Spilyay tymoo. (Warm Springs, Or.) 1976-current, November 17, 1989, Image 1

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Spilyay tyrooo.
v. 14
no. 23
Nov 17,
P.O. Bo 870
Warm Spring, OK 97761
Address Correction Requested
t'.S. Coslitr
Bulk Kale Prrmil No. 2
Warm Spring, OK 97761
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News from the Warm Springs Indian Reserv ? ; o libkart
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VOL. 14 NO. 23
Coyote News
In Brief
Vandals strike
Damage was estimated
at approximately $2,000
to Community Center
ballpark restrooms after
vandals destroyed wall,
door and fence railing.
Page 2
Thrlftshop opens
New Dollars N Sense
Thrift Store held its
grand opening
November 3. Hours are
8:00 a.m. to 8:00 p.m.,
Monday through
Page 2
Parent - teacher
Conference Nov. 17
Parents are offered the
opportunity to meet
teachers during
conferences set for
November 17 at District '
schools. Suggestions are
presented to make the
most of this meeting.
Page 2
Cross-country team
places tenth
Madras High School
cross-country team
placed tenth out of 32
schools during state
competition November 4
in Eugene.
Page 4
Directions for thawing,
cooking turkey given
With Thanksgiving next
Thursday, tips on
preparing and cooking
turkey may come in
Page 5
Assistance Program
helps seniors
The Low Income Energy
Assistance Program will
provide one-time
payment to eligible
recipients. Seniors and
the handicapped have
Page 6
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From the staff
at Spilyay Tymoo
1 53 24
2 56 22
3 65 34
4 62 45
5 58 38
6 56 34
7 58 4
t 60 27
9 70 48
10 72 38
11 64 31
12 55 48
13 57 30
14 56 33
15 49 30
Preserving the Indian lang
uage and facilitating its use has
directed the Warm Springs Cul
ture and Heritage Department
to work with community elders
in documenting Indian legends
and words. Their stories have
been recorded on audio and
video tapes and some have been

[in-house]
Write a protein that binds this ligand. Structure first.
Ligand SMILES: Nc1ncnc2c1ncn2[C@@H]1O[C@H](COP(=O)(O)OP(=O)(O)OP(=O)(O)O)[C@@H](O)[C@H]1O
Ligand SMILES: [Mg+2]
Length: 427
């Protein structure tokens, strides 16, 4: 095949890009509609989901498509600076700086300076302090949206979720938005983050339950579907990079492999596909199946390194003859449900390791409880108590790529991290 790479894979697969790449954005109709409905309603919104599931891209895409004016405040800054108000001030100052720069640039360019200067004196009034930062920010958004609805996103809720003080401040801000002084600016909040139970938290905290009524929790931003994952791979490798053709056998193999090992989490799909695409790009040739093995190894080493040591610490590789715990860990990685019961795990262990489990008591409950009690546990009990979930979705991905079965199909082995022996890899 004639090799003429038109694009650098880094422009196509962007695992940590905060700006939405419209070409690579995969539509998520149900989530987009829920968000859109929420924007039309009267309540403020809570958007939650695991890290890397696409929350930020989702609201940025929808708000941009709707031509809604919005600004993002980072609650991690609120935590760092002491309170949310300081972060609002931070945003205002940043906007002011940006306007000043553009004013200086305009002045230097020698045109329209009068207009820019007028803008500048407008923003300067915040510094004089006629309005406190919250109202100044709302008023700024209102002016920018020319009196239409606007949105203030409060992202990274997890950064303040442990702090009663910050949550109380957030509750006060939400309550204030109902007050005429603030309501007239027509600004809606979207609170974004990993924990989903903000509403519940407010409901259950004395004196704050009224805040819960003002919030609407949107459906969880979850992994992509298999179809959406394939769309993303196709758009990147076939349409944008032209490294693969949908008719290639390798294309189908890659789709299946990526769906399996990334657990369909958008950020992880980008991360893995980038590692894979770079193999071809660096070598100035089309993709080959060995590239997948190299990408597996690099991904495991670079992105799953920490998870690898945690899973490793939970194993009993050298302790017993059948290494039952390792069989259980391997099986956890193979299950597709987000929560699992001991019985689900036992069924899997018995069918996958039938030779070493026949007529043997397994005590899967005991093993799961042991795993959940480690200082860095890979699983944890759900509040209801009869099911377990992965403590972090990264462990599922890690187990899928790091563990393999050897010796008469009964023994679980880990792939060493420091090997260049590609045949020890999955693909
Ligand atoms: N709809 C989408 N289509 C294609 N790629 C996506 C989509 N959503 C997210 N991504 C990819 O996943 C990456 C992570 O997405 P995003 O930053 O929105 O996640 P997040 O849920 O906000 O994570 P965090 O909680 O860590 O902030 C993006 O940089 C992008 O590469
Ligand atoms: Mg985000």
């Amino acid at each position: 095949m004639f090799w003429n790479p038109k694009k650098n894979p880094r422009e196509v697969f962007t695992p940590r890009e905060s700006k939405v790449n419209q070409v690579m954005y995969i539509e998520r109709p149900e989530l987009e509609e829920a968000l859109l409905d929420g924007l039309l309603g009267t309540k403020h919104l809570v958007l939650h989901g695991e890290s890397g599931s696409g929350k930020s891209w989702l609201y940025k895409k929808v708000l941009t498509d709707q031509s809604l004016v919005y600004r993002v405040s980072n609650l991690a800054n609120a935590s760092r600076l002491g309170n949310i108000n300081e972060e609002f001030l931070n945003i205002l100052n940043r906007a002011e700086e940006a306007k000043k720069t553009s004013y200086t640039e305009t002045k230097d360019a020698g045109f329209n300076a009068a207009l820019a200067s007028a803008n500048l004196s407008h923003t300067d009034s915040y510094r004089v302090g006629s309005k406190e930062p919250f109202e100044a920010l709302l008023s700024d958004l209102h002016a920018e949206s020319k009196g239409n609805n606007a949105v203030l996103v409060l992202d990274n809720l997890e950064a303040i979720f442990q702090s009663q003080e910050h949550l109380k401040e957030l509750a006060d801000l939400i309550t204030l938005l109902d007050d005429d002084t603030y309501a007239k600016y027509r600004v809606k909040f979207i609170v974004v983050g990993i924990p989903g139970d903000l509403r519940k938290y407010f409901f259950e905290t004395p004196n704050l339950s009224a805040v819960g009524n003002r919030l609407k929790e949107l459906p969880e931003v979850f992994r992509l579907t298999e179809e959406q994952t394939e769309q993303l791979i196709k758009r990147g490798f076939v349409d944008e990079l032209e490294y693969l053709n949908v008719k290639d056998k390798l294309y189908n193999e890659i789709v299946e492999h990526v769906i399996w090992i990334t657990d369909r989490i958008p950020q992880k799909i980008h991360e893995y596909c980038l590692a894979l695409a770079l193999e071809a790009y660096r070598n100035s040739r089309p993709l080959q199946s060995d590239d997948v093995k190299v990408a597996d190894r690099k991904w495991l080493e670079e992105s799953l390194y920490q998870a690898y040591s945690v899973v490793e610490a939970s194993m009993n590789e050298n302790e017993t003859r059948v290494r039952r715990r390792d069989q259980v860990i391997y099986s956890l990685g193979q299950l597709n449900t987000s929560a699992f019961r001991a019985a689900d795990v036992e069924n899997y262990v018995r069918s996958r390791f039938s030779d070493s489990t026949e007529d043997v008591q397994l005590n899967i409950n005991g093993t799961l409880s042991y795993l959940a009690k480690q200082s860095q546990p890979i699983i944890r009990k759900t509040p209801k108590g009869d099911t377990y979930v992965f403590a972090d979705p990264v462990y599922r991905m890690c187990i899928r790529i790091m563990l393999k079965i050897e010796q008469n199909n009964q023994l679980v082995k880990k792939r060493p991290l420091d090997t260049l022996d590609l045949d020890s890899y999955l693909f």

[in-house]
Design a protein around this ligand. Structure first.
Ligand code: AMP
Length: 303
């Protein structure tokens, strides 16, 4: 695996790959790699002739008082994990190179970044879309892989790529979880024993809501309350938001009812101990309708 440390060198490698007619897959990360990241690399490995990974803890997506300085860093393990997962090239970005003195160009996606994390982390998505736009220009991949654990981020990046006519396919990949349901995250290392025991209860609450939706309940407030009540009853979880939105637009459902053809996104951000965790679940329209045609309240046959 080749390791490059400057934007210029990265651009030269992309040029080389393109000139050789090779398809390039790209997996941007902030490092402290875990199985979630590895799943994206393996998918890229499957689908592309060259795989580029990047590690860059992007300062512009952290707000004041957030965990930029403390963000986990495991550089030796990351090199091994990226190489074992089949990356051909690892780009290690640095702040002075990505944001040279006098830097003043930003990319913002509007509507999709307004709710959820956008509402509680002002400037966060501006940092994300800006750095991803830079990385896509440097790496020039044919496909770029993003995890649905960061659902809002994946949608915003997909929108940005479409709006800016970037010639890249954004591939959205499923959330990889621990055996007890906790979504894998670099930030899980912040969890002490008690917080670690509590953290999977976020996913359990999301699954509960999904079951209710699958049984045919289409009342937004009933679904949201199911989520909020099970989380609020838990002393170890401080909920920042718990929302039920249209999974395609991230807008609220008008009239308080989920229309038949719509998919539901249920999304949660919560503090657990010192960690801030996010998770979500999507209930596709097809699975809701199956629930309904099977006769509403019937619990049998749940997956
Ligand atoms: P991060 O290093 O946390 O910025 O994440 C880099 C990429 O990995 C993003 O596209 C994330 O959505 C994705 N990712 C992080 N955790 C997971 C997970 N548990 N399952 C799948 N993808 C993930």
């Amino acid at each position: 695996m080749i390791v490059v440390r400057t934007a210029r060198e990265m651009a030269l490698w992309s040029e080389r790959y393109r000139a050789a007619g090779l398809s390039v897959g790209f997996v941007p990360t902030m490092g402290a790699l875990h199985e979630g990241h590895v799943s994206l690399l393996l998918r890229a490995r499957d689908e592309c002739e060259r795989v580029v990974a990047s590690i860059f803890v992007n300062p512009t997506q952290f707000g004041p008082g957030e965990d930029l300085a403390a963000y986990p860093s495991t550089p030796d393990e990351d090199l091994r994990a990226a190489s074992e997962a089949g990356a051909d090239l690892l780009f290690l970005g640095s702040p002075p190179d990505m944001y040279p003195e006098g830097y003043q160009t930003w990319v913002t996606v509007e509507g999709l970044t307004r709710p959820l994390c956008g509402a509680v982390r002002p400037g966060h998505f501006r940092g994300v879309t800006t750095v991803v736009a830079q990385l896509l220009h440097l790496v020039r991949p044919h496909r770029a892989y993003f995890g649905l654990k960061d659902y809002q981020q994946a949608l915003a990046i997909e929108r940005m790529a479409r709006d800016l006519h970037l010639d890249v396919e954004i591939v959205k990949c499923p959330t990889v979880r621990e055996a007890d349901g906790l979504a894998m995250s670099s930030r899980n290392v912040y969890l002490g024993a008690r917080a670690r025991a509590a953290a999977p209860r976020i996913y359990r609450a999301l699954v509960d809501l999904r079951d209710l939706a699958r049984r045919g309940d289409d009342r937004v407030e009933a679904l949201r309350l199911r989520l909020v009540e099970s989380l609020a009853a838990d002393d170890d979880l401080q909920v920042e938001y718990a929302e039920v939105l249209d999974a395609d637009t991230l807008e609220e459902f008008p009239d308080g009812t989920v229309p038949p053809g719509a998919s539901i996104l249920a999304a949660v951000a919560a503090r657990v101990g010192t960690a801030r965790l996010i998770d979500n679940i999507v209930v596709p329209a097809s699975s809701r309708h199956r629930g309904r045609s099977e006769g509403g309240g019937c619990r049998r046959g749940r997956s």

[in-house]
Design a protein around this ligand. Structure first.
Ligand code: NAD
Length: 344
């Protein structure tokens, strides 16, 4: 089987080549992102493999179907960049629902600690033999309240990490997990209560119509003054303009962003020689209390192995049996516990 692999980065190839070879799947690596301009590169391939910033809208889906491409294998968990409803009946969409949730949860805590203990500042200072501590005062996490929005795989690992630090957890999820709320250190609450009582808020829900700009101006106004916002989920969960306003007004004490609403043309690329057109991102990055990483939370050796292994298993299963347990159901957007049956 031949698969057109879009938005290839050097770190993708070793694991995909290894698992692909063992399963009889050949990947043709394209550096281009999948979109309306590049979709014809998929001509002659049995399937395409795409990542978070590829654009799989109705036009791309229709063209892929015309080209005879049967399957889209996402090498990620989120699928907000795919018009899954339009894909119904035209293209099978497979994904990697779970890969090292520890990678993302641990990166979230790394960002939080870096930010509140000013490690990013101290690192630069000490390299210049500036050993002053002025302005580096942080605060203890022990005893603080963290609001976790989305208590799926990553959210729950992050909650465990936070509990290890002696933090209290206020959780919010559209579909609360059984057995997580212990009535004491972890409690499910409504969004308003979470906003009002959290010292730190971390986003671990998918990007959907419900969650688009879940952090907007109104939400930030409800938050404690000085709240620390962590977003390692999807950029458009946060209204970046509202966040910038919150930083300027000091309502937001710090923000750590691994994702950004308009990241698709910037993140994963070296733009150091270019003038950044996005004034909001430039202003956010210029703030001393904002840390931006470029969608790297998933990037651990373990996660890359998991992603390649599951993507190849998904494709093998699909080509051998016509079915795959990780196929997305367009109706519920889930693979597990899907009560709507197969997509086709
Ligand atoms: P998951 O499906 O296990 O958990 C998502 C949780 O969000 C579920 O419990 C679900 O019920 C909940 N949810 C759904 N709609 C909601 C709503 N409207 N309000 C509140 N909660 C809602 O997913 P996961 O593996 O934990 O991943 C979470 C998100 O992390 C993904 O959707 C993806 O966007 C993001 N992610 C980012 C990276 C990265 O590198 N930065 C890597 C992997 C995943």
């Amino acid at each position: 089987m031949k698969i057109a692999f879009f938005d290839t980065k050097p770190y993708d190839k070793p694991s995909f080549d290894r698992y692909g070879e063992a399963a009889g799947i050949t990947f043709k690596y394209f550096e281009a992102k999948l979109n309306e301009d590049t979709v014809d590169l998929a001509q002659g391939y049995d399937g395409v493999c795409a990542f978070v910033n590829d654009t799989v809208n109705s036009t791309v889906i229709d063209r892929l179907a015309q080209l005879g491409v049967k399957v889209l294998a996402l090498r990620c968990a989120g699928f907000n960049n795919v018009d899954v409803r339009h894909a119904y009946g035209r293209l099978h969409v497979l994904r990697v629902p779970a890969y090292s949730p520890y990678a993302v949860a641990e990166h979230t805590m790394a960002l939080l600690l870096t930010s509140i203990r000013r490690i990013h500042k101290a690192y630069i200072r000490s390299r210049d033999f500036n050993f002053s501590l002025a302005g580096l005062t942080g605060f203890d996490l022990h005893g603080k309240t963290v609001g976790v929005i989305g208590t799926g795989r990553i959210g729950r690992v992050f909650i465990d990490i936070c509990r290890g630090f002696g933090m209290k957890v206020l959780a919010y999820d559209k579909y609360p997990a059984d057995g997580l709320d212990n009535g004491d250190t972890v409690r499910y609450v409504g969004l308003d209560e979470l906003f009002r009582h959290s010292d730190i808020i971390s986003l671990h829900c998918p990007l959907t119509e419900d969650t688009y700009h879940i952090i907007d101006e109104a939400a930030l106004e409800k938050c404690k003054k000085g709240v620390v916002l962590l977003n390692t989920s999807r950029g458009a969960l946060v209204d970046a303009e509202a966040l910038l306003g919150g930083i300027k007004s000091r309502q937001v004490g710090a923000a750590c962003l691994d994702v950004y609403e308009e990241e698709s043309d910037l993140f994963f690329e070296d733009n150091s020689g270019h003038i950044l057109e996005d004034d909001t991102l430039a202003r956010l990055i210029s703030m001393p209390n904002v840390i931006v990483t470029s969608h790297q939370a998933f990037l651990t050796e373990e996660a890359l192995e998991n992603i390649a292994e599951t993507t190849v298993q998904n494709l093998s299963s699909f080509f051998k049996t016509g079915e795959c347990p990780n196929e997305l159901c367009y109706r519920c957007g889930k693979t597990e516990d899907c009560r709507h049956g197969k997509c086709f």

translated into English. All are
documented and filed at the
Culture and Heritage office.
Indian words, in Warm
Springs, Wasco and Piaute, are
being collected to allow their
inclusion in dictionaries. A
Warm Springs language dic
tionary is almost complete and
"will eventually be printed," says
Warm Springs tribal linguist
Hank Morrison. The dictionar
ies will include translations from
English to Indian, from Indian
to English and will include sec
tions on grammar, reading and total comprehension of the lan
wnting. euaee. savs Morrison, but it
Educating both children and dc.p. :VP thpm ,inHprstandine"
adults in the Indian language and "recognition" of it.
through these legends and lan
guage dictionaries is important Continued on page 6
Declaration signed by U.S.
Governors, Canadian Premier
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Warm Springs tribal linguist Hank Morrison instructs Headstart
teachers in ways to teach the Indian language to students.
Headstart teachers Nola Queahpama (left) and Geneva Charley (right) play the part oj students during workshops designed to help teachers in
presenting the Indian language.
Indian legends, language part of education
to the Culture and Heritage
personnel. Morrison states, "It
is a major priority to take all
materials we have and see them
used for education."
Students in Headstart are al
ready enjoying and learning
from a curriculum developed by
the Department. Six curriculum
guides have been developed
which utilize Indian legends and
Indian- language to teach lan
guage arts, and math and science
concepts. Information collected
by the culture and Heritage
Department has been organized
and, bound by Interface Net
work, Inc., an Oregon bilingual
resource center working with
the Culture and Heritage Depart
ment. Teachers use the guides
in the classroom.
The language curriculum is
not designed to give students
NOVEMBER 17, 1989
The tribal Business a nd Economic
Development Department is spon
soring a "Getting Down to Busi
ness" seminar designed for indi
viduals who are thinking of going
into business or who are in busi
ness and are interested in improv
ing their business skills. The seminar
will be held Wednesday, November
29 from 8 a.m. to 4:30 p.m. at Kah-Nee-Ta
Lodge. Cost is $5 and
includes course materials, coffee
and a buffet lunch. Pre-registration
is suggested as class size is limited
to 25.
Successful business instructors
will tell it like it is about the pitfalls
and pleasures of going into busi
ness for yourself. The instruction
will include how to prepare a busi
ness plan, start-up considerations,
marketing strategy, financial state
ments and how to finance your
This one-day session should cover
all the bases in answering the ques
tions you have about going into
business for yourself.
For more information, or to reg
ister, call 553-2270.
Impact Aid
funds detailed